Throughout various gestures and ceremonies of, commemoration, mourning and memorials, the Littleton community remained bitterly divided as to whether the killers should be acknowledged, included, worthy of prayers or any kind of remembrance whatsoever. While there was no genuine resolution, those in favor of exclusion generally prevailed. And yet, in April 2007, Littleton, Colorado was again in the news. During the 8th anniversary of the massacre, the community was bitterly engaged in another gun related controversy, regarding another memorial, from yet another war.

At issue was a planned construction of a nine foot, life-like bronze statue crouched for action, intended to honor a local youth killed during the war in Afghanistan. It is generally agreed that that Navy SEAL Danny Dietz was a hero worthy of commemoration. However, objections were raised to a uniformed portrait, complete with a detailed replica of a high powered assault rifle, with an attached grenade launcher, his fingers positioned just inches from the trigger. A spokesperson from the city maintained that they had received more than 600 letters, calls and emails in support of this statue in its current form. Mayor Taylor, who was not in office during the 1999 assault rifle shootings, issued a statement saying that this statue should be seen as “a teaching tool”. Opponents of this statue pointed out, that its proposed location is just across the street from an elementary school, and just blocks away from other schools and a playground. Some parents who dared to speak out against this gun bearing statue and its location reported that they received death threats and other disturbingly hostile emails.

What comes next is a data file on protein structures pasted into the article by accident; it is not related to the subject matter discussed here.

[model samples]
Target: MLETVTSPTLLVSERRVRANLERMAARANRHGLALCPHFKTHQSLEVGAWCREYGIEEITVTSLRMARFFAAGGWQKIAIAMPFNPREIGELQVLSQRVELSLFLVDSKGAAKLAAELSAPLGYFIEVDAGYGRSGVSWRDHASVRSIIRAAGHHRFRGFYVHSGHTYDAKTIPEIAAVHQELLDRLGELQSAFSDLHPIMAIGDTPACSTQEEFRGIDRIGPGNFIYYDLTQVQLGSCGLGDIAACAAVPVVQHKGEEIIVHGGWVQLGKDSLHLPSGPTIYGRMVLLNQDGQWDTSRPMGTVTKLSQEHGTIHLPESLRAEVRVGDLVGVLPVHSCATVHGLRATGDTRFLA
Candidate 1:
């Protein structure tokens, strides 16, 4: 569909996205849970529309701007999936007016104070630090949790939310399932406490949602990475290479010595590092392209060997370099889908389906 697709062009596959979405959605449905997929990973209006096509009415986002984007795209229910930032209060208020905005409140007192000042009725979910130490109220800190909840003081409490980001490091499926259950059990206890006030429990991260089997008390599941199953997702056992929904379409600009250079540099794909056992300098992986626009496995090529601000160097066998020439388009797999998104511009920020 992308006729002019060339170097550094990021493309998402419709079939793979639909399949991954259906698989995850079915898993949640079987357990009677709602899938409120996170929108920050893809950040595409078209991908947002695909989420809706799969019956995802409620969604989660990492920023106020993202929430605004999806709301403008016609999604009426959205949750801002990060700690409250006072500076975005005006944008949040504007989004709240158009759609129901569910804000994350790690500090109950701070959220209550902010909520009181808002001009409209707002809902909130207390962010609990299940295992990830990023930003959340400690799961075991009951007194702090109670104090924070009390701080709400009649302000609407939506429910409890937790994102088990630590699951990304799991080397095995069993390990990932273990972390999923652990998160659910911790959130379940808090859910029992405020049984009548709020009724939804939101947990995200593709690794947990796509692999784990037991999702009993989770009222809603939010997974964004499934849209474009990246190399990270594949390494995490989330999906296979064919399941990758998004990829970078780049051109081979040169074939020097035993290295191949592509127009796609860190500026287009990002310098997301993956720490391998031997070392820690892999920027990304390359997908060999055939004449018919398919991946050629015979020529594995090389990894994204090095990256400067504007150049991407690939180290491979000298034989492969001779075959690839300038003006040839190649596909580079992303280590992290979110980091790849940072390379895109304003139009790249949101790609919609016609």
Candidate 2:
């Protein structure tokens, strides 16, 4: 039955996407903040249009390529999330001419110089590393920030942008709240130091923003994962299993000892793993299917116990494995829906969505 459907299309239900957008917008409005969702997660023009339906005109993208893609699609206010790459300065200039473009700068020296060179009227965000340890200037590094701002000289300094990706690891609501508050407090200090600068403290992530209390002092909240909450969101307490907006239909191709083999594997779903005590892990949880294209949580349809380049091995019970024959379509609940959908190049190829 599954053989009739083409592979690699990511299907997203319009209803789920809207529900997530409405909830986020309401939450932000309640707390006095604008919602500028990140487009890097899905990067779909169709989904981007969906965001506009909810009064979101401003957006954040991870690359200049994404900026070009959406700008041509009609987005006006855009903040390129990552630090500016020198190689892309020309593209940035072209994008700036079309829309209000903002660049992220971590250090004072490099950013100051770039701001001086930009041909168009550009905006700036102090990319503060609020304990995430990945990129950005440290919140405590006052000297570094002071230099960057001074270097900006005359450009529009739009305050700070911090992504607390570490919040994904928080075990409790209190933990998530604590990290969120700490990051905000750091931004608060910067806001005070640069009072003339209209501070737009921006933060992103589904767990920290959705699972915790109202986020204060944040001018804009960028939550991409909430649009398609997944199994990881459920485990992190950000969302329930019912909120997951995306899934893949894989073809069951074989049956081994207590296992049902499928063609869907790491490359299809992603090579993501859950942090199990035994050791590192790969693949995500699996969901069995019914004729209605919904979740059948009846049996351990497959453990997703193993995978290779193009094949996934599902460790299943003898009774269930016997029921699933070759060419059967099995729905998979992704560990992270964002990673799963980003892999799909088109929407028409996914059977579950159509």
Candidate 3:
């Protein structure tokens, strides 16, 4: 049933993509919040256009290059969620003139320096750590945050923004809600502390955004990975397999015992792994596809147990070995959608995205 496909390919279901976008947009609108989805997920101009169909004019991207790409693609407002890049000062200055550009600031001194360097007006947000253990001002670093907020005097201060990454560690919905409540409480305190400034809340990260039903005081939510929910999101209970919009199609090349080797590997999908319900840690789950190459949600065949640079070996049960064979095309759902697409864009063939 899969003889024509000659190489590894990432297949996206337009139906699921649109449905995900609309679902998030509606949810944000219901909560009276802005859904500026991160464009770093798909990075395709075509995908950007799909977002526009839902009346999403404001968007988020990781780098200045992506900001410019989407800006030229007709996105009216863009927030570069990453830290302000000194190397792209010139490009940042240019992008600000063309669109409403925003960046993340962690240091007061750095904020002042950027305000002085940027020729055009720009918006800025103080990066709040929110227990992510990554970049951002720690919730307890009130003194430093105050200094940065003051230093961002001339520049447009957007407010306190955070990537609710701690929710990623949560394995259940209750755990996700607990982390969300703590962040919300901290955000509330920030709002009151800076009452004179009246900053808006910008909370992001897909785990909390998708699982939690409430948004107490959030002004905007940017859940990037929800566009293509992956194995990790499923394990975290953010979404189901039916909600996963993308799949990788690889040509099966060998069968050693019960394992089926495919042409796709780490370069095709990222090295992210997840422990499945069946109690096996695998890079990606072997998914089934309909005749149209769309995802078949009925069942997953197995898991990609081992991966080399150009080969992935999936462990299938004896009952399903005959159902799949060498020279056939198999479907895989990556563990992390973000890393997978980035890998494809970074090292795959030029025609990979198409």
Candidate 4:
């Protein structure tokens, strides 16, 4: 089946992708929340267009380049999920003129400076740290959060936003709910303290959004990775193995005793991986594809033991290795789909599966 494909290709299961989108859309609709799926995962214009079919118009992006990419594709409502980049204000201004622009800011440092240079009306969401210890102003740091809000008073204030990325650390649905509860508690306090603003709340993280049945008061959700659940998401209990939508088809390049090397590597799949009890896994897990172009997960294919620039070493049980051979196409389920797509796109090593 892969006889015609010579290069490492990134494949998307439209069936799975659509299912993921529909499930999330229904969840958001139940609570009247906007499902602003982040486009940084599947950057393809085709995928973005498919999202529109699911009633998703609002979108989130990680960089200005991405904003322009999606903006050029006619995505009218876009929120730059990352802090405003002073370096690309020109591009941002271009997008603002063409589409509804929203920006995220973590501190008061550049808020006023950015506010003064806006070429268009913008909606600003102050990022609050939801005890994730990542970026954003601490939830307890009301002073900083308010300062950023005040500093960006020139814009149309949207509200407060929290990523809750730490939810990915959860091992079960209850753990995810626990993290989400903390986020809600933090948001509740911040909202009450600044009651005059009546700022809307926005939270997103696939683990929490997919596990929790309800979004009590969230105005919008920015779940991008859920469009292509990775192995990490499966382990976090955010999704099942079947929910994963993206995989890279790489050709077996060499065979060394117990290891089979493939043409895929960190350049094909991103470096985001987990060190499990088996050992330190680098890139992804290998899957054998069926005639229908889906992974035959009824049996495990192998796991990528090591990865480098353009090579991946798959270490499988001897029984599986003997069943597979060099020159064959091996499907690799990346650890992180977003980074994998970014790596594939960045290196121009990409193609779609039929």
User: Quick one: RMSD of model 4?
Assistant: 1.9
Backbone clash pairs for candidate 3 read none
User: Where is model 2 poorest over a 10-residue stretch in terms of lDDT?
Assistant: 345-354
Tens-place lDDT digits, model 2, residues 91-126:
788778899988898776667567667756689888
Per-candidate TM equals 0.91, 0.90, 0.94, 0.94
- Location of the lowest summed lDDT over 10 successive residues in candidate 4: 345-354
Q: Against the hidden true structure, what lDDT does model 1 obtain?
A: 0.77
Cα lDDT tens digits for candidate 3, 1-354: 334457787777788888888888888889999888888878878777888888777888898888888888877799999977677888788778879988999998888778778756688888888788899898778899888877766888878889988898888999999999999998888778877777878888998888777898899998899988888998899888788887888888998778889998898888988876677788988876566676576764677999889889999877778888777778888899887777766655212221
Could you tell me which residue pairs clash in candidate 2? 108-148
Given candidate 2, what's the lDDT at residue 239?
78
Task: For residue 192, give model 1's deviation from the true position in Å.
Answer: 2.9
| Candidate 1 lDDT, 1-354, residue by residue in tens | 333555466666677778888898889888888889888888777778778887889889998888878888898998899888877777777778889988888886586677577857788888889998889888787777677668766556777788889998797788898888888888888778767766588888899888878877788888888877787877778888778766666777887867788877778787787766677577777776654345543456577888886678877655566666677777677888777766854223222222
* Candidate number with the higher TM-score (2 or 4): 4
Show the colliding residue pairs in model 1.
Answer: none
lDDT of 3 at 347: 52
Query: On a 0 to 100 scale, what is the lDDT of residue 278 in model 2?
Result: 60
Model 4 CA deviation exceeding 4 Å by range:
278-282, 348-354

Funds for this Danny Dietz Memorial were raised by his parents with help from Ultra-Conservative Republican and Presidential Candidate Tom Tancredo. Danny’s statue was dedicated on July 4th, as part of Littleton’s patriotic, Independence Day celebrations. After a speech by a Secretary of the Navy, similar to the one at the Columbine memorial service, Dietz’s mother expressed “heartbreak and bewilderment “. She absolutely could not fathom that there could be any opposition to this bronze portrayal of a young man from Littleton, who died in a “military operation”, proudly bearing an array of assault weapons, facing a public school. This, she asserted, could have nothing to do with the Columbine school shooting.

As a mother, daughter and grand-daughter from a multi-generational military family, with my own levels of grief, loss and war trauma, I can understand a need for this level of psychic disconnect. And yet, given the fact that these mass shootings have continued, I feel that it is beyond time for us, as a concerned nation, to address our attachment to such glorification of perpetual wars and state-sponsored violence as evidence of “patriotism”.

While Danny’s grieving mother may well have had a real need for her beliefs, I find it curious that this same community that so vigorously excluded two other young men and their “military operation” from all of their memorial activities, has become so militantly determined to erect this larger than life statue of a gun-bearing youth, equipped with grenades, directly across from a school. This level of admittedly trauma induced, heart breaking, psychic disconnect, as frustrating as it may seem, also serves to open a window into the ongoing question as to why these mass murder school shooting events continue to replicate. As we have seen with Columbine, simplistic, specific agenda serving, single cause explanations are less than helpful. The carnage has continued, while we remain in a sleeple state of disconnection between our perpetual, genocidal, profit driven wars against “others” and violence as the solution to conflict; while our kids continue to kill each other at home.